Ebola in Africa

Ebola Response in Liberia Is Hampered by Infighting
New York Times, 2014-11-20 (Thursday)

The global response to the Ebola virus in Liberia is being hampered by poor coordination and serious disagreements between Liberian officials and the donors and health agencies fighting the epidemic, according to minutes of top-level meetings and interviews with participants.

Even now, three months after donors began pouring resources into Liberia, many confirmed cases still go unreported, countries refuse to change plans to erect field hospitals in the wrong places, families cannot find out whether their relatives in treatment are alive or dead, health workers sent to take temperatures sometimes lack thermometers, and bodies have been cremated because a larger cemetery was not yet open.

The detailed accounts of high-level meetings obtained by The New York Times, the most recent from Monday, lift the veil on the messy and contentious process of running the sprawling response to Liberia’s epidemic, one that now involves more than a hundred government agencies, charities and donors from around the world.

Despite these problems, with help from donors, Liberia, one of the three most afflicted West African countries, and the one with the highest death toll, has seen new cases drop to about 20 a day from about 100 a day two months ago. Experts attribute that to fearful Liberians touching one another less, more safe burials of bodies and distribution of protective gear to health care workers. But they also warn that cases are now holding steady and could explode again.


Also, the support documents with the minutes indicate that there is no national plan for Ebola survivors — either for reuniting them with their families or for using them to do nursing tasks because they are thought to be immune.


In the minutes, Liberian officials regularly complain about the donors, and the donors argue back. On Nov. 12, James Dorbor Jallah, the task force’s deputy manager, said: “People will sit in D.C. or Geneva and want to direct what is happening here.”

The health minister, Dr. Walter T. Gwenigale, backed him up, complaining that “the U.N. and other agencies got their money before the ink was even dry,” while, he said, a group run by a Liberian pastor to teach rural people about Ebola “has not gotten one cent.”

On Sunday,
President Ellen Johnson Sirleaf replaced Dr. Gwenigale without explaining why,
but said he would remain an adviser.
Dr. Emmanuel T. Dolo, Ms. Johnson Sirleaf’s youth adviser,
complained that
the donors were “showing a level of disrespect”
by judging Liberian community groups
by “harsh standards” and “Western standards.”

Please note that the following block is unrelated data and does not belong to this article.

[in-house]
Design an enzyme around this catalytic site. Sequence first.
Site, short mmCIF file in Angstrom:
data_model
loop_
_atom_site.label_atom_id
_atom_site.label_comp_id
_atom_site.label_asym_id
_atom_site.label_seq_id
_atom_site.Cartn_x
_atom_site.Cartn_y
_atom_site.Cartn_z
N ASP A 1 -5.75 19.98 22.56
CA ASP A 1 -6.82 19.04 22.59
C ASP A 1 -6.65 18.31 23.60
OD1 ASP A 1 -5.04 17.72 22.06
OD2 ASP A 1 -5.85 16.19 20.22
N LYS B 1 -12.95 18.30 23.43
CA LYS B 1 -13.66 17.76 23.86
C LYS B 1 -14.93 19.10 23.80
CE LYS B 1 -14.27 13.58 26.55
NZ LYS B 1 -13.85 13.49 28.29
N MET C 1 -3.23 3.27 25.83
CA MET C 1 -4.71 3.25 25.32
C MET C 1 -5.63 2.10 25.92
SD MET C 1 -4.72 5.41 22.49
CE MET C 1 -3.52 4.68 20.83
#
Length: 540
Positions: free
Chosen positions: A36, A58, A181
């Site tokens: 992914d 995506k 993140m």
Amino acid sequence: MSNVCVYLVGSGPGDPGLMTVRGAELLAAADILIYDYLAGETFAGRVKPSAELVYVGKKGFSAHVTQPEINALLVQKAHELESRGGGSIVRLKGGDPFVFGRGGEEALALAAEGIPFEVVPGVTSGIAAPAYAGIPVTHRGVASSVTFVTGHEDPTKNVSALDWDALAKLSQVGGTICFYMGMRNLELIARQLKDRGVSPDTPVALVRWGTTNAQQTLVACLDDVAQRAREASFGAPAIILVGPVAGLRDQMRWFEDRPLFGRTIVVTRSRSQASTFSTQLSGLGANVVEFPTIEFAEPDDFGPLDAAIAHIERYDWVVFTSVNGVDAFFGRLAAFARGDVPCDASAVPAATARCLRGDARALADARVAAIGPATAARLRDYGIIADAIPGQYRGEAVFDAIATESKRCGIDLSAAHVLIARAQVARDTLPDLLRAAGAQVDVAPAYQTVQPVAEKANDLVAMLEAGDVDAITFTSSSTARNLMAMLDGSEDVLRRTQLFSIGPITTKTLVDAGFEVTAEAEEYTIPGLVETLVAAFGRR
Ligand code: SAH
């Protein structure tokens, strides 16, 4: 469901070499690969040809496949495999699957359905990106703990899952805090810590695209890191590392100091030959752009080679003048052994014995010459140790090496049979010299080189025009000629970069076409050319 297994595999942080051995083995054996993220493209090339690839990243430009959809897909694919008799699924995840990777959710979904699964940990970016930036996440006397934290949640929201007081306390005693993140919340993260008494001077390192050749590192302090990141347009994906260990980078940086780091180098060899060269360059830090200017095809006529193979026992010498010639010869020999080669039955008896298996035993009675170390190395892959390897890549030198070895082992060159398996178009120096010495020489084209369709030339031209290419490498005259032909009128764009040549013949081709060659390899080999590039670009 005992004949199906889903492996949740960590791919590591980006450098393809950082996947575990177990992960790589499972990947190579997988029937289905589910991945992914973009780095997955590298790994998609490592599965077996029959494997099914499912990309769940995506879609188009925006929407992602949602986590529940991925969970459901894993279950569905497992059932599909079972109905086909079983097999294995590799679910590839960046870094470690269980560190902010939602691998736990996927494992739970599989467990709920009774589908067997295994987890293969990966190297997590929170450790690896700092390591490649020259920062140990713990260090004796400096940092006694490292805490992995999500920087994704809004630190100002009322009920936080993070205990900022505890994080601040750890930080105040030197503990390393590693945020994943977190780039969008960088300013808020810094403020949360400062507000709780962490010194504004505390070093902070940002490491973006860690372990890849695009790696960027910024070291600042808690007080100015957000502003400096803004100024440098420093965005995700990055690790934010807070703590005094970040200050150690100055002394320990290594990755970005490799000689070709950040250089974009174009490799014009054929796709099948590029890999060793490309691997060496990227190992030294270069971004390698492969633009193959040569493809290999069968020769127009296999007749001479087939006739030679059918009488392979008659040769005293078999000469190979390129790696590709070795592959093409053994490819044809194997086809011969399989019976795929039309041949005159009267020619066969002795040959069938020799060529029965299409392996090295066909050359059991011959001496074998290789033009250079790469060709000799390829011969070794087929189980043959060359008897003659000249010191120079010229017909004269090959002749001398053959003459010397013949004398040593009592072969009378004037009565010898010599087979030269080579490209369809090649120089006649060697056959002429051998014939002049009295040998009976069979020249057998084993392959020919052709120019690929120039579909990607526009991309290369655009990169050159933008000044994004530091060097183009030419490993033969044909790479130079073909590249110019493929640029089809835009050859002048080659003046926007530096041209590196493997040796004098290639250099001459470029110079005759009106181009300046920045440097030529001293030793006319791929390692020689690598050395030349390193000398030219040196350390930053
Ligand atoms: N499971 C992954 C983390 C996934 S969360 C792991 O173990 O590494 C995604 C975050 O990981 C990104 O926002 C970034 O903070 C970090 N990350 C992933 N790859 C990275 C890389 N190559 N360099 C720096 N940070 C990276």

Two days later, Shiyong Wang, the World Bank representative, confirmed that United Nations agencies had received nearly all their money and that the Liberian government had received only 7 percent of the $23 million allotted to it. But, he said, the government had not produced required documentation — not even, for example, names of dead health workers whose families awaited compensation. He criticized the government’s “overly complex and bureaucratic approval process,” including three signatures on each document.

Dr. Rosling said the three signatures were an anticorruption measure. Beneficiary lists are hard to produce, he said, when Liberians have children whose births are often not officially recorded. And it was “arrogant,” he said, for donors, for example, to assign contracts to operate field hospitals without Health Ministry permission.

The Nov. 12 meeting appeared to end on a bitter note, with Mr. Nyenswah telling every agency to document within 48 hours what people it had and what their jobs were. “If you don’t give us this list,” he concluded, “you are not allowed in this meeting.”

The meeting of Nov. 14 opens with Mr. Nyenswah reminding scientists not to do research without permission from a government ethics review board. On Nov. 17, Dr. Dolo complains that “There are a lot of people in this room who never contribute anything to this meeting.”

Sierra Leone to use scare-tactics campaign in Freetown to curb Ebola
by Sarah Boseley in Freetown
The Guardian (UK), 2014-12-16


At the moment, swab tests show that 30% of bodies picked up by burial teams after calls from families are positive for Ebola. People are still nursing the sick rather than having them taken to holding centres for testing and then moved into treatment centres where half will probably die. It is in the last stages of the disease that victims are most infectious.

“We know it is out there. We have got to turn it around so that 2% to 3% of these bodies are actually positive,” said Brown.

The reluctance to make the call is rooted not only in family values but also cultural tradition around burials. In normal times, relatives would wash the bodies of those who die and dress them for the funeral. Many are still doing so – and calling the authorities afterwards, which means they have already exposed themselves to great risk.

“The behaviour change is not working,” said Brown. “We need to get to much more active surveillance, rather than passive surveillance.” Many thousands of people will be employed to visit communities and spread a tough new message in the course of the campaign, which will last for two to three weeks over the Christmas period. People now understand what Ebola is and what the risks are, but they are still in denial because they do not think it will happen to them, he said.


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